Three of those properties are subject to the court case.

Chigogwana and Sikhosana were business partners running several companies, Access Forex (Pvt) Ltd, Access Finance (Pvt) Ltd, Tara Capital (Pvt) Ltd, Thirty-Six Mountbatten (Pvt) Ltd as well as Access Forex SA (Pty) Ltd, until a nasty fight broke out over shareholding last year, leading to the court action.

The applicants in the High Court case HC1007/23 over properties are Sikhosana and his entities Ferden Investments, Rock Drill Mining and Seanmart Investments, while the respondents are Chigogwana, Bwerinofa, Thirty-Six Mountbatten, Access Finance, Access Forex, Tara Capital, The Sheriff of the High Court and the Registrar of Deeds and Companies.

Court papers show that Sikhosana wants Chigogwana to transfer the properties which were part of their bitter separation settlement in real estate or cash form.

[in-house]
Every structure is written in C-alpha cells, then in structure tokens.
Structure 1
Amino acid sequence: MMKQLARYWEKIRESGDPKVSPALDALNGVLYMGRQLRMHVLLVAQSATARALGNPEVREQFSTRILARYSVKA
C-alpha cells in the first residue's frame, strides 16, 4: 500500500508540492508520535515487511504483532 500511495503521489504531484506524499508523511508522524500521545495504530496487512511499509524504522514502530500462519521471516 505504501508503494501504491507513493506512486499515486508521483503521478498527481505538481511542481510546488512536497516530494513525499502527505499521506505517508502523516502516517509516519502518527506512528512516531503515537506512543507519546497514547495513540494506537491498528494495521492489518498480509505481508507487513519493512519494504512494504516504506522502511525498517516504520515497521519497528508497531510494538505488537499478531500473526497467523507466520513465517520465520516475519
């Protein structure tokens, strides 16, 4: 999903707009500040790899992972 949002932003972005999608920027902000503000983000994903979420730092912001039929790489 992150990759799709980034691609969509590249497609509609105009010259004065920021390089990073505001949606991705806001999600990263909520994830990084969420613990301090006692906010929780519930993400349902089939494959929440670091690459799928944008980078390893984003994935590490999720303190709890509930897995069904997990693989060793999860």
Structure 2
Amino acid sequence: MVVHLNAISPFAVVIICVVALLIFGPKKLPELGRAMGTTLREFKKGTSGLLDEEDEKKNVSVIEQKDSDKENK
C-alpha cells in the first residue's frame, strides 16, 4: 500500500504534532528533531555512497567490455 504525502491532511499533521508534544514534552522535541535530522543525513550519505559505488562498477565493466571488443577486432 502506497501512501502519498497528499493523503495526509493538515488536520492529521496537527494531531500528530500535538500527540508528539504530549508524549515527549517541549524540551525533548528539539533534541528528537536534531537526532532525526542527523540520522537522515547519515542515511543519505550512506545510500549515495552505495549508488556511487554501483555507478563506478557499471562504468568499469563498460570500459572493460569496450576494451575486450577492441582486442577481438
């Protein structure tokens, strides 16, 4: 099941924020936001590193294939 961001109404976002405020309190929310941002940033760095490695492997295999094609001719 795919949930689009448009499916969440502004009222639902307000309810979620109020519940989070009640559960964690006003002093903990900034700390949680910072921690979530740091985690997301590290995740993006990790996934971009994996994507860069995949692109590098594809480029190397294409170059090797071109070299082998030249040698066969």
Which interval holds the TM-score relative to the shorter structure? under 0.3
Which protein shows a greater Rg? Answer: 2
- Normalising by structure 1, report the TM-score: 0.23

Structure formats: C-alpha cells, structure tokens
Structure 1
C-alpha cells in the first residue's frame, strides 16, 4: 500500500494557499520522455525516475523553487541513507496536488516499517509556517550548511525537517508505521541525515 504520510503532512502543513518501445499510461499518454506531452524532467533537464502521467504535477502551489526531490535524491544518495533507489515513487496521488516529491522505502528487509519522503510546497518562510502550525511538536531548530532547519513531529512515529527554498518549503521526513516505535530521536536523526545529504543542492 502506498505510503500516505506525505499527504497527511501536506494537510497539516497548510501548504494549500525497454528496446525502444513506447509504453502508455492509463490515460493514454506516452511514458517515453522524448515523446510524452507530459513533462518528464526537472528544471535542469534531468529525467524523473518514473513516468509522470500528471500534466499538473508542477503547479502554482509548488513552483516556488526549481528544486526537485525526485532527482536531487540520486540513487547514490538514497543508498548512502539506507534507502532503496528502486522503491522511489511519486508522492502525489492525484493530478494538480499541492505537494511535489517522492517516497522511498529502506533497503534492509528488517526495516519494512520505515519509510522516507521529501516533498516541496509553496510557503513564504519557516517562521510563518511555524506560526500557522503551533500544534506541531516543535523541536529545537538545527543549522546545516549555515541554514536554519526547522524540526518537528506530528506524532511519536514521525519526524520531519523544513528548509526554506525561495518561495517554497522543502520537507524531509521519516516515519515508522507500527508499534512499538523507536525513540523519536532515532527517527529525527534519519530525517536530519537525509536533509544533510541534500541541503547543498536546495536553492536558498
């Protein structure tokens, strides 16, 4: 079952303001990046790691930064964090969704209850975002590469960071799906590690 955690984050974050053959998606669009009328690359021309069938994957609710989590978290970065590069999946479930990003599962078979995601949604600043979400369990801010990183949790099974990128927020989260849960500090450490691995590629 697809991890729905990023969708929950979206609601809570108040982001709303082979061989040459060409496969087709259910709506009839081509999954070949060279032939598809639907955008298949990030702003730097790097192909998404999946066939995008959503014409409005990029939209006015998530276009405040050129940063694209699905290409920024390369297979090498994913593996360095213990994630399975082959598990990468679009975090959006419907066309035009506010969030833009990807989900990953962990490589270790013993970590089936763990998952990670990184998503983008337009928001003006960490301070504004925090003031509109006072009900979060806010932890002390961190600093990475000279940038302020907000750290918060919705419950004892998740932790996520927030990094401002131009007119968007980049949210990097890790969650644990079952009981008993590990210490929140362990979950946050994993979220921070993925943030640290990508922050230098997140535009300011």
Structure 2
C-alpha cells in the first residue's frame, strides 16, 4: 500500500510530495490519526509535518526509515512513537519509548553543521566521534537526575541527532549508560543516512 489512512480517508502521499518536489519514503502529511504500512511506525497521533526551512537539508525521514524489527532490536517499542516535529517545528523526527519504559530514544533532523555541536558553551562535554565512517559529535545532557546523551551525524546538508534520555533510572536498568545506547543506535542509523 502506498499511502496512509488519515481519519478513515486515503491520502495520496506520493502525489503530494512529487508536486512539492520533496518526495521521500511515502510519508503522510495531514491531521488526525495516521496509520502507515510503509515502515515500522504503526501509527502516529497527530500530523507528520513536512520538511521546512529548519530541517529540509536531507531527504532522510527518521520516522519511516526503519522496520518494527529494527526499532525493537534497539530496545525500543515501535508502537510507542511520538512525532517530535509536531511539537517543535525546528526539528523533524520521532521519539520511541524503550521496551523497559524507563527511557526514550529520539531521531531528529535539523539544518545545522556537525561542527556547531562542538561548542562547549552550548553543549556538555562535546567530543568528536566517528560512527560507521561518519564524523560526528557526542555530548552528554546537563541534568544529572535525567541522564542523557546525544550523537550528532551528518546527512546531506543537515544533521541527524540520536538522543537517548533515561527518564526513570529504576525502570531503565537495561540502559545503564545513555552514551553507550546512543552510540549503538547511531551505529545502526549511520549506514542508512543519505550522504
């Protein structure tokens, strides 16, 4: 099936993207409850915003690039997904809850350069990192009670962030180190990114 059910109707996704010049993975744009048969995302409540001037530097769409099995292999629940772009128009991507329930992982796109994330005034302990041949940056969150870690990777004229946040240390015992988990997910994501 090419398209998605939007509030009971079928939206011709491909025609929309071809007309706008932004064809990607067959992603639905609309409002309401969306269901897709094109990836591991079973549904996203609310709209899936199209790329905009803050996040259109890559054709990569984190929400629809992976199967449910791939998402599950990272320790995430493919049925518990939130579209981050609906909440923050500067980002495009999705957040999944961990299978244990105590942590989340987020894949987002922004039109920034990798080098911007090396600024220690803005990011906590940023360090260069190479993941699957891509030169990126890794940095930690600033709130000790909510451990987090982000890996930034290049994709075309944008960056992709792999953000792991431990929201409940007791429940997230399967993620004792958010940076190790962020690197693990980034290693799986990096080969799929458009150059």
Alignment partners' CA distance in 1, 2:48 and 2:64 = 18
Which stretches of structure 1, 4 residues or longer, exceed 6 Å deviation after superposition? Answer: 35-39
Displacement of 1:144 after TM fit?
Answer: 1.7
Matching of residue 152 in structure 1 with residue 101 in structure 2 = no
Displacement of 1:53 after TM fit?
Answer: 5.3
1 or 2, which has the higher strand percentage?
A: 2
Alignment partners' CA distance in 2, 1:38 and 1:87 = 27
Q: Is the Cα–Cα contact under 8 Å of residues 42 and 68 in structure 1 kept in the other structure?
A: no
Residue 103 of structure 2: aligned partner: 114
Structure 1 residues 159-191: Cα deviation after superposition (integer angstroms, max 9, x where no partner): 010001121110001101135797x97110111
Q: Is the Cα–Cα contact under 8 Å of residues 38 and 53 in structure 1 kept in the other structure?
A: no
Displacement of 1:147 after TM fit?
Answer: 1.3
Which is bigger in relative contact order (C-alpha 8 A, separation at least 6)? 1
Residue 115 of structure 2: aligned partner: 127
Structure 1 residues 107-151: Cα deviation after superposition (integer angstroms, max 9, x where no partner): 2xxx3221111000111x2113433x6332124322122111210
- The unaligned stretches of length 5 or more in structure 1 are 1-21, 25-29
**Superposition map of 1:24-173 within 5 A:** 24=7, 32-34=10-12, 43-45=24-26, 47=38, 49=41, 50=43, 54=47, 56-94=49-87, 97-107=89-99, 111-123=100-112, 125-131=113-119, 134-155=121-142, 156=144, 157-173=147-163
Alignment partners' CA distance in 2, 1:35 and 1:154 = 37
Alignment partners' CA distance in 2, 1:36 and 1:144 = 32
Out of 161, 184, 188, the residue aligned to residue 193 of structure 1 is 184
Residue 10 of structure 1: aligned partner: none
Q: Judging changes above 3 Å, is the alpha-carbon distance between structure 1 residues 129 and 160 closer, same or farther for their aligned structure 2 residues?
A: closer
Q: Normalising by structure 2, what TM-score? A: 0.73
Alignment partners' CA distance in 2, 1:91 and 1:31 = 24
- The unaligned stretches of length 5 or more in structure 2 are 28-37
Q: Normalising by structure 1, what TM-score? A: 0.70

He also wants the court to issue an order to attach of his former partner’s assets if this is not done.

Chigogwana also wants his erstwhile colleague to pay all transfer taxes, imposts and costs associated with the deal.

Sikhosana says in terms of Clause 9 of the agreement of sale of his shares and property as well as the Share Purchase Agreement (SPA), he should put Chigogwana in mora (default) to address the issue within 14 days. If the breach is not rectified, he shall have a right to cancel the agreement or demand redress in casu (during the case).

As chief executive, Chigogwana owned 56% shareholding, Sikhosana, who was managing director, 20% and their chairman Isau Bwerinofa 24%.

However, Bwerinofa has launched a pushback in court against Sikhosana in his opposing or answering affidavit, saying since there is now a dispute in terms of the agreement SPA the matter should go to arbitration, not to court.

Bwerinofa raised a number of issues against Sikhosana, including jurisdiction, locus standi, incompetent relief, fulfillment of terms of the agreement and arbitration.

Bwerinofa said Access Finance is not able to give Sikhosana his title deeds because they are not there since VAT has not yet been paid.